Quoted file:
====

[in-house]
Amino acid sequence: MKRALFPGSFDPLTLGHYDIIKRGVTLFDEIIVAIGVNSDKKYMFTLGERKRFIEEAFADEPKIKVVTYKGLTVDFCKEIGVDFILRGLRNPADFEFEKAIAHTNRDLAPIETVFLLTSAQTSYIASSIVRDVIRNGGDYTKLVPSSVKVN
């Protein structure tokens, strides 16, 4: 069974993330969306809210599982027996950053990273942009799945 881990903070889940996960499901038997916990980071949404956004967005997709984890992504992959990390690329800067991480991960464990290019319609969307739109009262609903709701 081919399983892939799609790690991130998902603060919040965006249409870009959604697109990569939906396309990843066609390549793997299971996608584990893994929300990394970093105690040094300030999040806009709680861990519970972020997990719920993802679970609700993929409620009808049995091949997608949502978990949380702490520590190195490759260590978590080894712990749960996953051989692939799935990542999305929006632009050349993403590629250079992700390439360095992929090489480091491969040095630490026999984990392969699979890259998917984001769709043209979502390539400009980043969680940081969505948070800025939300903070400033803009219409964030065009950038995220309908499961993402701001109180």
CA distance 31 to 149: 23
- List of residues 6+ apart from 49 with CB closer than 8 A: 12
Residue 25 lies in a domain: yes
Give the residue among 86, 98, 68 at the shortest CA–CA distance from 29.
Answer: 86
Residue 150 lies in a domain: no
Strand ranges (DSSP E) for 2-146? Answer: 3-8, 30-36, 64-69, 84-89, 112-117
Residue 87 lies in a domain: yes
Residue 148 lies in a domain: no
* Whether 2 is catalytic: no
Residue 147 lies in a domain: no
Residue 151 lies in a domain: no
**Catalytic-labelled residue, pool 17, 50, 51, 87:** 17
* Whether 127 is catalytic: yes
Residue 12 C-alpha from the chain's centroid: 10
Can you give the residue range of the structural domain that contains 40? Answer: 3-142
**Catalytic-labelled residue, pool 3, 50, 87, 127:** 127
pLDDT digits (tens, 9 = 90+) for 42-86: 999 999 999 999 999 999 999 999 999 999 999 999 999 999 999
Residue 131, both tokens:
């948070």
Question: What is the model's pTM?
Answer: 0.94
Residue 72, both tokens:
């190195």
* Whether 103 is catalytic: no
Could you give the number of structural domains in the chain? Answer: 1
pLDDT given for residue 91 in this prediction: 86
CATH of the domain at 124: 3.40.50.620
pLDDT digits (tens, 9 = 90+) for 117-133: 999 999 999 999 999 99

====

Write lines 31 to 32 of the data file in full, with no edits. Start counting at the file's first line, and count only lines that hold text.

CATH of the domain at 124: 3.40.50.620
pLDDT digits (tens, 9 = 90+) for 117-133: 999 999 999 999 999 99